Malware for PCs is an established part of life. Keeping the operating system and applications up to date helps (a vulnerability that's been removed can't be exploited), as does decent security software.
And if the worst comes to the worst, there's always the possibility of completely wiping the hard drive and starting from scratch.
But a security researcher has shown that a small malware loader can be concealed in the BIOS or other firmware built into a PC.
Jonathan Brossard demonstrated this approach at the recent Black Hat conference in the US. The routine hidden in the BIOS connects to a remote server to fetch the code that does the dirty work.
Unlike conventional malware, this leaves no trace on the hard drive for later analysis as the rogue code is freshly downloaded each time.
It is possible that network monitoring tools could detect this unusual traffic, but apparently only a small amount of data needs to be transferred.
The fear is that a manufacturer or some other player in the supply chain - perhaps under pressure from its home government - might build malware like Brossard's into PCs destined for particular countries or even specific customers.
In this scenario, he points out that TPM would provide no protection as the code is already present when the configuration is sealed.
In fact, TPM would protect the malware from removal after deployment - if the BIOS or other firmware was replaced, TPM would prevent boot-up.
And if that's not enough, he suggests the architecture he proposes could be used to create a botnet that "can literally not be shut down."
Mr Brossard's research paper is available here.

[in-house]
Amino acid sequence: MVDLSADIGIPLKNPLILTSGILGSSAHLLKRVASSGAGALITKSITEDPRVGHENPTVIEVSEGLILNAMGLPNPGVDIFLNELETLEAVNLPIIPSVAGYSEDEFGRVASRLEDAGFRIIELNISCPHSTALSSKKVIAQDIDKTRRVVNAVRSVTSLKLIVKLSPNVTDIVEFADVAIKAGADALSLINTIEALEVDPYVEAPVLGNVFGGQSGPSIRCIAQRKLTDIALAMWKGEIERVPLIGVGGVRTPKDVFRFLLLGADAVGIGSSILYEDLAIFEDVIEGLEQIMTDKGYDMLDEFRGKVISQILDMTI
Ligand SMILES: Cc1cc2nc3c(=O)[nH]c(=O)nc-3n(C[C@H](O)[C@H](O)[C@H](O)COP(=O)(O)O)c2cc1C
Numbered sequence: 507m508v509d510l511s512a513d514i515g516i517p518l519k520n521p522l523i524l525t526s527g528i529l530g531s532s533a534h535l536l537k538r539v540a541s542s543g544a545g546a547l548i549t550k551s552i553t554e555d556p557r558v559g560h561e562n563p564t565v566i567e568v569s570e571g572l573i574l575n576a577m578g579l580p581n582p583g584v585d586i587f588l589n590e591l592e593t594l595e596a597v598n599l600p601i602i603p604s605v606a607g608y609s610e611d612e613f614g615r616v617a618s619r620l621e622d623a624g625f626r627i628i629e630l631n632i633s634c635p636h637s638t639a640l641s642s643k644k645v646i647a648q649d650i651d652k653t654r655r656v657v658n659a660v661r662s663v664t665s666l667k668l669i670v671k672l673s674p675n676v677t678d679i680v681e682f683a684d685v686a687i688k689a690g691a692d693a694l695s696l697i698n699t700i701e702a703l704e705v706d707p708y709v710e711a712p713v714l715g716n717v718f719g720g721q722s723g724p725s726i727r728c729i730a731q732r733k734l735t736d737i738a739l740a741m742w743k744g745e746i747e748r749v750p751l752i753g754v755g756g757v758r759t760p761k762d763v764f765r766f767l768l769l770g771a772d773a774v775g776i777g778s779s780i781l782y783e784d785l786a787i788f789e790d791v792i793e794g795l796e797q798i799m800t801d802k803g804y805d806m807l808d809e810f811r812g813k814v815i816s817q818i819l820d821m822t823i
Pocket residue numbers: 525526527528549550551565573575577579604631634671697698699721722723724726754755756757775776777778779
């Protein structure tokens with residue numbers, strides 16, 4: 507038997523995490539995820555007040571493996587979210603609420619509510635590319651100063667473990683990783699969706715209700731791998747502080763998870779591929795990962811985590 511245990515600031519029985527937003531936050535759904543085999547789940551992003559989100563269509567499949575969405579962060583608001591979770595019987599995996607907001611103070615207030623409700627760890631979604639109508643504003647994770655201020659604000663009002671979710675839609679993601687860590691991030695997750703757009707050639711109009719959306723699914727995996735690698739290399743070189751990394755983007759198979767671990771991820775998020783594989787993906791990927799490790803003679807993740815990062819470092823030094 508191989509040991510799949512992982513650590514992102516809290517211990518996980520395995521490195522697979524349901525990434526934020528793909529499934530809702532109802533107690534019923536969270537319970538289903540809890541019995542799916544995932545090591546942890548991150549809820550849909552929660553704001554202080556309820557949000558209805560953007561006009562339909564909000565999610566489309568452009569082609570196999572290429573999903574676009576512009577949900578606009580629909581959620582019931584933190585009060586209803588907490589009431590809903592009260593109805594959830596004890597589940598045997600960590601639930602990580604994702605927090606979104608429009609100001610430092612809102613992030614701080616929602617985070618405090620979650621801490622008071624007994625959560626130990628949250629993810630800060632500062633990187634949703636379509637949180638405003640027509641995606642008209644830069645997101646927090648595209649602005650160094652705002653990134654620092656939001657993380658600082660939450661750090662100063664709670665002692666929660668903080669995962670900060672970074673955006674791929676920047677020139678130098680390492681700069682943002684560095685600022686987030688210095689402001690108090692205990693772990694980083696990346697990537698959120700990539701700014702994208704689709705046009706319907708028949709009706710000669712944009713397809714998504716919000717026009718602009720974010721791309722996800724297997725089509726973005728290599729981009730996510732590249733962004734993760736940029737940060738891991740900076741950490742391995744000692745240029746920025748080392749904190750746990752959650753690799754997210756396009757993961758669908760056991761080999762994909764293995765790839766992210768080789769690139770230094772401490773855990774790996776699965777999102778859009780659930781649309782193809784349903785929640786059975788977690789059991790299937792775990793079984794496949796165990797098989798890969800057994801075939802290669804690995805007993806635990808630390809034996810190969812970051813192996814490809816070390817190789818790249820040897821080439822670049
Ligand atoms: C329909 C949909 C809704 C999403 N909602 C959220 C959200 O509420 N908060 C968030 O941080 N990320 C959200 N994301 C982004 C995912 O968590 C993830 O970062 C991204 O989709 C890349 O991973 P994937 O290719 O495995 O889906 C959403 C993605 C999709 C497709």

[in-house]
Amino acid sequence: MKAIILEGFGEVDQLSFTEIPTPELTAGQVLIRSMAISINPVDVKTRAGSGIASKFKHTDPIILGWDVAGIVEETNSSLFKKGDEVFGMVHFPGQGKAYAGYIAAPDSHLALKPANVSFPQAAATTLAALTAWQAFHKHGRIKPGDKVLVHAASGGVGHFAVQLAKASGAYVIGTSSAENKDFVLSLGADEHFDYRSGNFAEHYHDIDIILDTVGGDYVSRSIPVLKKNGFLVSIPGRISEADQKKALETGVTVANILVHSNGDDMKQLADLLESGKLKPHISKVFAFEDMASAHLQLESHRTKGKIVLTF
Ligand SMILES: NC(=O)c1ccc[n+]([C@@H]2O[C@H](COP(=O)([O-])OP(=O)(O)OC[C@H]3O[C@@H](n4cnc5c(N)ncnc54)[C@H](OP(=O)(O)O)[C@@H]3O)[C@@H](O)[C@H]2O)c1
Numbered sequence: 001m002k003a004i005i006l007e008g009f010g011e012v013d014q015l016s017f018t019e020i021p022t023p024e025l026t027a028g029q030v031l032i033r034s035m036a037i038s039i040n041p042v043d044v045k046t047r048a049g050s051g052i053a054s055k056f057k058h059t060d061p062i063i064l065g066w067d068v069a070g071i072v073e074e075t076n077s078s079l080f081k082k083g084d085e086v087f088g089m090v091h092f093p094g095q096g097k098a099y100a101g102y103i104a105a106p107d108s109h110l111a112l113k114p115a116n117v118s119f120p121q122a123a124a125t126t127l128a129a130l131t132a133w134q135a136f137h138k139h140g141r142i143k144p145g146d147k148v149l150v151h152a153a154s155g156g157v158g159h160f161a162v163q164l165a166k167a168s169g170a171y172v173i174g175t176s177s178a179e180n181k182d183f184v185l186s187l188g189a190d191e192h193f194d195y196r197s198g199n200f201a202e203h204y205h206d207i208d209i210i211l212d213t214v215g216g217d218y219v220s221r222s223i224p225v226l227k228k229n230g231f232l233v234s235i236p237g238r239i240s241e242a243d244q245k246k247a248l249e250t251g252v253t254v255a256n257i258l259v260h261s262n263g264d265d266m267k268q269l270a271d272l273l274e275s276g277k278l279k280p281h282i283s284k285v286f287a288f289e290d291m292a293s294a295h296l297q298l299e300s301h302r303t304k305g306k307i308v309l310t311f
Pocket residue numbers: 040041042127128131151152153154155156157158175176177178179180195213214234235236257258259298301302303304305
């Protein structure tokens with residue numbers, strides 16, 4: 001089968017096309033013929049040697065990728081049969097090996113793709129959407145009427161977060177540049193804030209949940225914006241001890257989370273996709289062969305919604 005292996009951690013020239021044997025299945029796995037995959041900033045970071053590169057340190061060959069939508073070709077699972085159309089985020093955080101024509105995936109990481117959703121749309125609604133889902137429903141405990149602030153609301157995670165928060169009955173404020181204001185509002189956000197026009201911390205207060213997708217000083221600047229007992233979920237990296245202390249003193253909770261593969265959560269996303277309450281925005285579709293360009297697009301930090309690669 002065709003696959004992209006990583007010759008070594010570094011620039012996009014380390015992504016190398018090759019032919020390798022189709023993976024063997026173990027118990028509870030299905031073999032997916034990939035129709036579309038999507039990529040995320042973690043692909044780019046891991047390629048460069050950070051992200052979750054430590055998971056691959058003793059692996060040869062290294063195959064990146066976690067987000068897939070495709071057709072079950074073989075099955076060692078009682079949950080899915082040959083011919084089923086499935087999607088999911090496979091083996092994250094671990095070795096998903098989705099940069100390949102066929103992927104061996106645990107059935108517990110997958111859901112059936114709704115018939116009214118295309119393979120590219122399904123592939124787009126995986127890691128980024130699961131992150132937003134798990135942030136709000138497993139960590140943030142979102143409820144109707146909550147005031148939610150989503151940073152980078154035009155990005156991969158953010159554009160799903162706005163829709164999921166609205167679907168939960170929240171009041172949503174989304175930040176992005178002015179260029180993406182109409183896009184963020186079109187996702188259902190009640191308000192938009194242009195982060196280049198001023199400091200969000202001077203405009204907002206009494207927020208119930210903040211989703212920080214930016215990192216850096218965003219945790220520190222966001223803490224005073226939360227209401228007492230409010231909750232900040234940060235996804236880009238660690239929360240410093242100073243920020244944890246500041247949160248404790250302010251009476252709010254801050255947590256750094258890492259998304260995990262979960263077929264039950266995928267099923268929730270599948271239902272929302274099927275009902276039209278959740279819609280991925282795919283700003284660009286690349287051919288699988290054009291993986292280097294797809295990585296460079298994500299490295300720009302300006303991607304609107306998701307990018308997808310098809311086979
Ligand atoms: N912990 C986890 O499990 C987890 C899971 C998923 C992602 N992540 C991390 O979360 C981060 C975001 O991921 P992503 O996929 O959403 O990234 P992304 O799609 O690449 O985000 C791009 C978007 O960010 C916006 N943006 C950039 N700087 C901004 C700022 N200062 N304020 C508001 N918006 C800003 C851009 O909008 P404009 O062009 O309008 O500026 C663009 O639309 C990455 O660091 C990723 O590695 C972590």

Talking of firmware and botnets, another researcher has released a tool that is capable of remotely replacing the firmware in a number of popular SOHO routers.
This could be used to create persistent botnets, warned researcher Michael Coppola, who was one of the presenters at the recent Defcon conference.
The problem is that most SOHO routers allow remote administration, and just about all have a mechanism for updating the firmware.
If the administration username and password is left in its default state, this allows an attacker to replace the firmware.
Among the payloads supported by rpef is a botnet client capable of performing various actions on command, including denial of service attacks.
Even if a router's credentials have been changed, there are other ways of getting in. These include brute force attacks (How long is your router's password? Is it a dictionary word?) or specific exploits.
This is relatively straightforward if the router's administration credentials haven't been changed.
Once an attacker has gained access to the router's web interface, it's not difficult to replace the firmware with a hacked version.
Once a router has been flashed with malicious firmware, it is unlikely to be detected and the malware will most likely keep running until the owner updates the firmware with a new release from the device vendor.
Since many owners don't bother to check for updates as long as their router seems to be working properly, the malware could be present for the rest of the device's life.